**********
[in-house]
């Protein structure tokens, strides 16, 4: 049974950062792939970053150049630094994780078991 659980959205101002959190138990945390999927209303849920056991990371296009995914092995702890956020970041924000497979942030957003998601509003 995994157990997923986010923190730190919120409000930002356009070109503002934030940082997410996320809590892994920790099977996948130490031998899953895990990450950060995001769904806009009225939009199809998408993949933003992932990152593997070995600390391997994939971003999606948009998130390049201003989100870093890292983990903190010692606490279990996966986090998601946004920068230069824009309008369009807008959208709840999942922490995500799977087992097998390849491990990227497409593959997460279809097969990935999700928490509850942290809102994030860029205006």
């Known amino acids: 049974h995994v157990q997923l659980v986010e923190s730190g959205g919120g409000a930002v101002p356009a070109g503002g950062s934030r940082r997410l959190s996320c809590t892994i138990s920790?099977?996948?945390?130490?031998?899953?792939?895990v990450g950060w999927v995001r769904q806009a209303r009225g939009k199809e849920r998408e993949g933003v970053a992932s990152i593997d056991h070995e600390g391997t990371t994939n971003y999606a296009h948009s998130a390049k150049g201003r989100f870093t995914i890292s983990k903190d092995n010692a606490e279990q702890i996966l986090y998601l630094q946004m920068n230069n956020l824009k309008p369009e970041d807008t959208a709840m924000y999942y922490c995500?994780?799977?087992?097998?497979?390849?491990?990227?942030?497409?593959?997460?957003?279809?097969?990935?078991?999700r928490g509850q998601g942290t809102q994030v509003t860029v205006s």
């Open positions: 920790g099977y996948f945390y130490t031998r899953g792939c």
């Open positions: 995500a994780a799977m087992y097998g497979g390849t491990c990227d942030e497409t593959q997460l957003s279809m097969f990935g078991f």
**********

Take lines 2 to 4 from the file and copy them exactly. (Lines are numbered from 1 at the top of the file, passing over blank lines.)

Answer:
């Protein structure tokens, strides 16, 4: 049974950062792939970053150049630094994780078991 659980959205101002959190138990945390999927209303849920056991990371296009995914092995702890956020970041924000497979942030957003998601509003 995994157990997923986010923190730190919120409000930002356009070109503002934030940082997410996320809590892994920790099977996948130490031998899953895990990450950060995001769904806009009225939009199809998408993949933003992932990152593997070995600390391997994939971003999606948009998130390049201003989100870093890292983990903190010692606490279990996966986090998601946004920068230069824009309008369009807008959208709840999942922490995500799977087992097998390849491990990227497409593959997460279809097969990935999700928490509850942290809102994030860029205006």
């Known amino acids: 049974h995994v157990q997923l659980v986010e923190s730190g959205g919120g409000a930002v101002p356009a070109g503002g950062s934030r940082r997410l959190s996320c809590t892994i138990s920790?099977?996948?945390?130490?031998?899953?792939?895990v990450g950060w999927v995001r769904q806009a209303r009225g939009k199809e849920r998408e993949g933003v970053a992932s990152i593997d056991h070995e600390g391997t990371t994939n971003y999606a296009h948009s998130a390049k150049g201003r989100f870093t995914i890292s983990k903190d092995n010692a606490e279990q702890i996966l986090y998601l630094q946004m920068n230069n956020l824009k309008p369009e970041d807008t959208a709840m924000y999942y922490c995500?994780?799977?087992?097998?497979?390849?491990?990227?942030?497409?593959?997460?957003?279809?097969?990935?078991?999700r928490g509850q998601g942290t809102q994030v509003t860029v205006s």
């Open positions: 920790g099977y996948f945390y130490t031998r899953g792939c």